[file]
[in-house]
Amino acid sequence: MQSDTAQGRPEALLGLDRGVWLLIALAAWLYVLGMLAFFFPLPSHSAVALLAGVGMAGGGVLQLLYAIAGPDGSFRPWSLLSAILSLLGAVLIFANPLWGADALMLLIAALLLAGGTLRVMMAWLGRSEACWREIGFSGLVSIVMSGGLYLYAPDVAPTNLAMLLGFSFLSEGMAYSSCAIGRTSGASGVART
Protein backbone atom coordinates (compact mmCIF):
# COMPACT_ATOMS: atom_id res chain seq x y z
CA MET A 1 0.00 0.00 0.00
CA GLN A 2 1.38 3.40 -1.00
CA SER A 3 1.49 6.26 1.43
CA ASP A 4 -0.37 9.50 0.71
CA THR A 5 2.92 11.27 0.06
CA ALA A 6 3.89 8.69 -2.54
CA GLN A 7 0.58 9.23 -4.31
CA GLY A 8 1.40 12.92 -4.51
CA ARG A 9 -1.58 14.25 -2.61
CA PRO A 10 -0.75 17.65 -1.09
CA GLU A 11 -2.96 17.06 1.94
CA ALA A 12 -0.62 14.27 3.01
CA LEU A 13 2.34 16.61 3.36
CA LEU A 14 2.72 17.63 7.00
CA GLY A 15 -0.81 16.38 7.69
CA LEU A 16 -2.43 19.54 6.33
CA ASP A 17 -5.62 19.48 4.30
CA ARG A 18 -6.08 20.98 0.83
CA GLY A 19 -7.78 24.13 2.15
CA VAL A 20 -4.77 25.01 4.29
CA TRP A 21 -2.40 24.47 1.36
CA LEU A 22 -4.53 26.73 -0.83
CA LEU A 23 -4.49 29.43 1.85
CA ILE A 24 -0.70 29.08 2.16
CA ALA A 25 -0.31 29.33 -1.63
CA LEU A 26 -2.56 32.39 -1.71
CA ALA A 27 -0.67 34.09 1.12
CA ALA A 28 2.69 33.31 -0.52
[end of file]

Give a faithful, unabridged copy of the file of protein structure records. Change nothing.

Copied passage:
[in-house]
Amino acid sequence: MQSDTAQGRPEALLGLDRGVWLLIALAAWLYVLGMLAFFFPLPSHSAVALLAGVGMAGGGVLQLLYAIAGPDGSFRPWSLLSAILSLLGAVLIFANPLWGADALMLLIAALLLAGGTLRVMMAWLGRSEACWREIGFSGLVSIVMSGGLYLYAPDVAPTNLAMLLGFSFLSEGMAYSSCAIGRTSGASGVART
Protein backbone atom coordinates (compact mmCIF):
# COMPACT_ATOMS: atom_id res chain seq x y z
CA MET A 1 0.00 0.00 0.00
CA GLN A 2 1.38 3.40 -1.00
CA SER A 3 1.49 6.26 1.43
CA ASP A 4 -0.37 9.50 0.71
CA THR A 5 2.92 11.27 0.06
CA ALA A 6 3.89 8.69 -2.54
CA GLN A 7 0.58 9.23 -4.31
CA GLY A 8 1.40 12.92 -4.51
CA ARG A 9 -1.58 14.25 -2.61
CA PRO A 10 -0.75 17.65 -1.09
CA GLU A 11 -2.96 17.06 1.94
CA ALA A 12 -0.62 14.27 3.01
CA LEU A 13 2.34 16.61 3.36
CA LEU A 14 2.72 17.63 7.00
CA GLY A 15 -0.81 16.38 7.69
CA LEU A 16 -2.43 19.54 6.33
CA ASP A 17 -5.62 19.48 4.30
CA ARG A 18 -6.08 20.98 0.83
CA GLY A 19 -7.78 24.13 2.15
CA VAL A 20 -4.77 25.01 4.29
CA TRP A 21 -2.40 24.47 1.36
CA LEU A 22 -4.53 26.73 -0.83
CA LEU A 23 -4.49 29.43 1.85
CA ILE A 24 -0.70 29.08 2.16
CA ALA A 25 -0.31 29.33 -1.63
CA LEU A 26 -2.56 32.39 -1.71
CA ALA A 27 -0.67 34.09 1.12
CA ALA A 28 2.69 33.31 -0.52